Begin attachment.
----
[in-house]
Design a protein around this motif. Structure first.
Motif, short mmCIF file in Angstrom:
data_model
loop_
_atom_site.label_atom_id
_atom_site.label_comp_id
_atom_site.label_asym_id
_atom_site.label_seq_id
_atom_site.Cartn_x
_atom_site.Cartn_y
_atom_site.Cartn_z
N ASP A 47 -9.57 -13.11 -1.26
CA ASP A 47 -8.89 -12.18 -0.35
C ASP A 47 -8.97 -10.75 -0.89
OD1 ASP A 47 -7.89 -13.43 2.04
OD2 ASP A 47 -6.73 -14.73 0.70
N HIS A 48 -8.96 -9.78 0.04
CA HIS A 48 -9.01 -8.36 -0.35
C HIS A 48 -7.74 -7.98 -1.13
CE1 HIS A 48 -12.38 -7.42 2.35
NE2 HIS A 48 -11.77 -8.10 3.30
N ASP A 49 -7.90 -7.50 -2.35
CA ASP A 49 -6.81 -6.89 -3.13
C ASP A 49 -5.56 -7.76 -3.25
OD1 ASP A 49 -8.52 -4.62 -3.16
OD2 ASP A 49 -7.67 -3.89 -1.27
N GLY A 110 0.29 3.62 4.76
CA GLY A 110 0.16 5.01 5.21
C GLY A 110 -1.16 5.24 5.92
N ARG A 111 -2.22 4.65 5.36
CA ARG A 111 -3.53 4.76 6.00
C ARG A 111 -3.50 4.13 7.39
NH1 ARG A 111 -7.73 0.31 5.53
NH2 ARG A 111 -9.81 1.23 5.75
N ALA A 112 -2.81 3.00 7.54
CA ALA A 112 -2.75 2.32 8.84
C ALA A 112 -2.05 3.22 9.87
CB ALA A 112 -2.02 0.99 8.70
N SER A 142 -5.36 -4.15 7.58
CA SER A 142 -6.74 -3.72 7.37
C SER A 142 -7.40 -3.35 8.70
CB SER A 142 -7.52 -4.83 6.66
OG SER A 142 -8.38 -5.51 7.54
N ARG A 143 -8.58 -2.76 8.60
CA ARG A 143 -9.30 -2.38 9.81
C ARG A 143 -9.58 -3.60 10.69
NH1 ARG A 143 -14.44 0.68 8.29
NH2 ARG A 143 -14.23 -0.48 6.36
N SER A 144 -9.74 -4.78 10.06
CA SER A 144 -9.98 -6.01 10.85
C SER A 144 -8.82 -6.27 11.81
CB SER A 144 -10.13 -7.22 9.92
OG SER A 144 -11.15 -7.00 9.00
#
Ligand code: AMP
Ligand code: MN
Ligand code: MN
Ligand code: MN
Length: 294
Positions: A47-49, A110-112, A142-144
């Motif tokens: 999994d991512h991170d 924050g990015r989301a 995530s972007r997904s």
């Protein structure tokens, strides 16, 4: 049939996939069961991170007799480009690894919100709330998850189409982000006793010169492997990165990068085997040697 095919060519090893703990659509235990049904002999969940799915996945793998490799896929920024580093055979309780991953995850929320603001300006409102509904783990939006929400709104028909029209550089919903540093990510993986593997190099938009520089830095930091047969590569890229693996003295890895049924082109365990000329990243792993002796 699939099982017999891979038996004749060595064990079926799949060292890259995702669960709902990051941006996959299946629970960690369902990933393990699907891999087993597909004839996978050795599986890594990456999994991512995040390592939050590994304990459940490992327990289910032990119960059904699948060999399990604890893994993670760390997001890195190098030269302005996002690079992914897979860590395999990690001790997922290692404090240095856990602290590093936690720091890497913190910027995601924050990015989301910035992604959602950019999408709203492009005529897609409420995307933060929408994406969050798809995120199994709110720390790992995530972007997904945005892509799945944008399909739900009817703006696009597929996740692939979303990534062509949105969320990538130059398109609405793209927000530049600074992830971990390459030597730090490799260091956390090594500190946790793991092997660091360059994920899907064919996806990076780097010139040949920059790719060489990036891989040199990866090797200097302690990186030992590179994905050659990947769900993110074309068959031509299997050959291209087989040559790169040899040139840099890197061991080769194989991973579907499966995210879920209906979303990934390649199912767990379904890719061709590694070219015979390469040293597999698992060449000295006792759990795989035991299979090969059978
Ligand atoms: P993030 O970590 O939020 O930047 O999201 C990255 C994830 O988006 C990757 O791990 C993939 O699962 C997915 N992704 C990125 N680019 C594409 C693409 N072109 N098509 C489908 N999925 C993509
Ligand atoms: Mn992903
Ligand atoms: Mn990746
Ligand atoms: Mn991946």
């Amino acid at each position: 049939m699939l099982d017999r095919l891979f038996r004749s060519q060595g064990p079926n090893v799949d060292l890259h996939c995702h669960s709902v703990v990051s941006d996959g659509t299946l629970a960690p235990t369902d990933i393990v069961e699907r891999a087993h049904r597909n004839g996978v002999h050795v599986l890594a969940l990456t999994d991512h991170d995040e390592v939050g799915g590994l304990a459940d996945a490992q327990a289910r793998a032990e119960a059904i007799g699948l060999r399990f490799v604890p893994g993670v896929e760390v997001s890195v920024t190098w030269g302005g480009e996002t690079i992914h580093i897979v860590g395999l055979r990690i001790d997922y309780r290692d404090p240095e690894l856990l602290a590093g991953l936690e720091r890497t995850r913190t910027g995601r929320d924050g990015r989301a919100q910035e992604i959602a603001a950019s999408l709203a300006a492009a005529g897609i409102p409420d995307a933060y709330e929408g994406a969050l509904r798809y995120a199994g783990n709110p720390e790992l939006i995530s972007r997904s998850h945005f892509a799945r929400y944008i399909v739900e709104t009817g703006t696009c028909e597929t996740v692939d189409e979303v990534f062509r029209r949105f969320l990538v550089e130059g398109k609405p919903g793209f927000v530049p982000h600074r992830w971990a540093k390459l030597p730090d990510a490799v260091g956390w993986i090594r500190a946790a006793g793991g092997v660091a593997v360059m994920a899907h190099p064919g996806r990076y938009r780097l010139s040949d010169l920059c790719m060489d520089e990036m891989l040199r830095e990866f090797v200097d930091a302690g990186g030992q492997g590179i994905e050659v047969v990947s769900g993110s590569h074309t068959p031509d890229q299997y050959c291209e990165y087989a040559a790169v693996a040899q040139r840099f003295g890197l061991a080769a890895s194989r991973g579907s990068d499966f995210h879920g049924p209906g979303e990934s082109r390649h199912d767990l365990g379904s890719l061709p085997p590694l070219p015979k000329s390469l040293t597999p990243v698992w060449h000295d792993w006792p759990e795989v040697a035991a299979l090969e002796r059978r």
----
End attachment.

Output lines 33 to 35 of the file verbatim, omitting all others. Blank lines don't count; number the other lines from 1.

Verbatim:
C ARG A 111 -3.50 4.13 7.39
NH1 ARG A 111 -7.73 0.31 5.53
NH2 ARG A 111 -9.81 1.23 5.75